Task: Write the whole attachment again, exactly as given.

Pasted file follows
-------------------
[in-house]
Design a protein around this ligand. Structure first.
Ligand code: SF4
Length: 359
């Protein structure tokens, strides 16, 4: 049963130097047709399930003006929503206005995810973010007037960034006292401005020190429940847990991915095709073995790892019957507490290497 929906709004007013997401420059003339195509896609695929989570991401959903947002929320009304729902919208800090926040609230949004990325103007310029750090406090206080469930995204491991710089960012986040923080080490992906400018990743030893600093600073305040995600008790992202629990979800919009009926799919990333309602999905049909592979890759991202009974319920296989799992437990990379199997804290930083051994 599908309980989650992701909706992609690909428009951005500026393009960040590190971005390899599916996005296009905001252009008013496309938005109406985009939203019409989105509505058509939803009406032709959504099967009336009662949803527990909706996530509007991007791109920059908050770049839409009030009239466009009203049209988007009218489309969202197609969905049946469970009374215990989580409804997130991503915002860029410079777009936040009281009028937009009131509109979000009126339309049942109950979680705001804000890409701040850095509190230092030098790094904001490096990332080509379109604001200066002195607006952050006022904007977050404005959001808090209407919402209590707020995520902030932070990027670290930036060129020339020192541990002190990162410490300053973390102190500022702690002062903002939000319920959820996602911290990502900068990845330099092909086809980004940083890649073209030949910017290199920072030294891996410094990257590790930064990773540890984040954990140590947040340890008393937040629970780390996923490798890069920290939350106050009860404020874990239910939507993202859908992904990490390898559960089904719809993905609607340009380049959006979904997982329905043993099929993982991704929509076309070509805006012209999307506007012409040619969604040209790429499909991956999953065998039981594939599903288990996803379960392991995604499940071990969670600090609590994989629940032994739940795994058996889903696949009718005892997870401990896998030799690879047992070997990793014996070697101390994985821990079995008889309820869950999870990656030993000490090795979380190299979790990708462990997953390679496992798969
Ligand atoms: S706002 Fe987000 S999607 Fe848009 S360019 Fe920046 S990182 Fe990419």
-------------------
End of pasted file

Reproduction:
[in-house]
Design a protein around this ligand. Structure first.
Ligand code: SF4
Length: 359
């Protein structure tokens, strides 16, 4: 049963130097047709399930003006929503206005995810973010007037960034006292401005020190429940847990991915095709073995790892019957507490290497 929906709004007013997401420059003339195509896609695929989570991401959903947002929320009304729902919208800090926040609230949004990325103007310029750090406090206080469930995204491991710089960012986040923080080490992906400018990743030893600093600073305040995600008790992202629990979800919009009926799919990333309602999905049909592979890759991202009974319920296989799992437990990379199997804290930083051994 599908309980989650992701909706992609690909428009951005500026393009960040590190971005390899599916996005296009905001252009008013496309938005109406985009939203019409989105509505058509939803009406032709959504099967009336009662949803527990909706996530509007991007791109920059908050770049839409009030009239466009009203049209988007009218489309969202197609969905049946469970009374215990989580409804997130991503915002860029410079777009936040009281009028937009009131509109979000009126339309049942109950979680705001804000890409701040850095509190230092030098790094904001490096990332080509379109604001200066002195607006952050006022904007977050404005959001808090209407919402209590707020995520902030932070990027670290930036060129020339020192541990002190990162410490300053973390102190500022702690002062903002939000319920959820996602911290990502900068990845330099092909086809980004940083890649073209030949910017290199920072030294891996410094990257590790930064990773540890984040954990140590947040340890008393937040629970780390996923490798890069920290939350106050009860404020874990239910939507993202859908992904990490390898559960089904719809993905609607340009380049959006979904997982329905043993099929993982991704929509076309070509805006012209999307506007012409040619969604040209790429499909991956999953065998039981594939599903288990996803379960392991995604499940071990969670600090609590994989629940032994739940795994058996889903696949009718005892997870401990896998030799690879047992070997990793014996070697101390994985821990079995008889309820869950999870990656030993000490090795979380190299979790990708462990997953390679496992798969
Ligand atoms: S706002 Fe987000 S999607 Fe848009 S360019 Fe920046 S990182 Fe990419």